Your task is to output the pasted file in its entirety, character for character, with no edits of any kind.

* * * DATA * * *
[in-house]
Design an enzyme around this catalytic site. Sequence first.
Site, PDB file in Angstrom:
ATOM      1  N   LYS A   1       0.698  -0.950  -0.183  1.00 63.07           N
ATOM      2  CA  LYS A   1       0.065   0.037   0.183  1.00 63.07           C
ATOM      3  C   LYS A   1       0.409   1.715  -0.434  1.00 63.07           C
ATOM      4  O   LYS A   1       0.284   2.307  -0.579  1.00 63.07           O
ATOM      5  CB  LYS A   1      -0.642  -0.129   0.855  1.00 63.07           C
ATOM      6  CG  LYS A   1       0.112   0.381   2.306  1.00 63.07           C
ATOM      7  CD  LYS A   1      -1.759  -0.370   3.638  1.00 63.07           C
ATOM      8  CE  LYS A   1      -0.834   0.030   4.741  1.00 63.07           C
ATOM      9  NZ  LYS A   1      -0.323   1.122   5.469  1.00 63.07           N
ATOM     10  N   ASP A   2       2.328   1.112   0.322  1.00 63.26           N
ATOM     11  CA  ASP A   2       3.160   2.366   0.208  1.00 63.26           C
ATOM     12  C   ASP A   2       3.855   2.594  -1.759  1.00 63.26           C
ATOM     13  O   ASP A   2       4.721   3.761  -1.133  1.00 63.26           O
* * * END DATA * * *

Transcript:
[in-house]
Design an enzyme around this catalytic site. Sequence first.
Site, PDB file in Angstrom:
ATOM      1  N   LYS A   1       0.698  -0.950  -0.183  1.00 63.07           N
ATOM      2  CA  LYS A   1       0.065   0.037   0.183  1.00 63.07           C
ATOM      3  C   LYS A   1       0.409   1.715  -0.434  1.00 63.07           C
ATOM      4  O   LYS A   1       0.284   2.307  -0.579  1.00 63.07           O
ATOM      5  CB  LYS A   1      -0.642  -0.129   0.855  1.00 63.07           C
ATOM      6  CG  LYS A   1       0.112   0.381   2.306  1.00 63.07           C
ATOM      7  CD  LYS A   1      -1.759  -0.370   3.638  1.00 63.07           C
ATOM      8  CE  LYS A   1      -0.834   0.030   4.741  1.00 63.07           C
ATOM      9  NZ  LYS A   1      -0.323   1.122   5.469  1.00 63.07           N
ATOM     10  N   ASP A   2       2.328   1.112   0.322  1.00 63.26           N
ATOM     11  CA  ASP A   2       3.160   2.366   0.208  1.00 63.26           C
ATOM     12  C   ASP A   2       3.855   2.594  -1.759  1.00 63.26           C
ATOM     13  O   ASP A   2       4.721   3.761  -1.133  1.00 63.26           O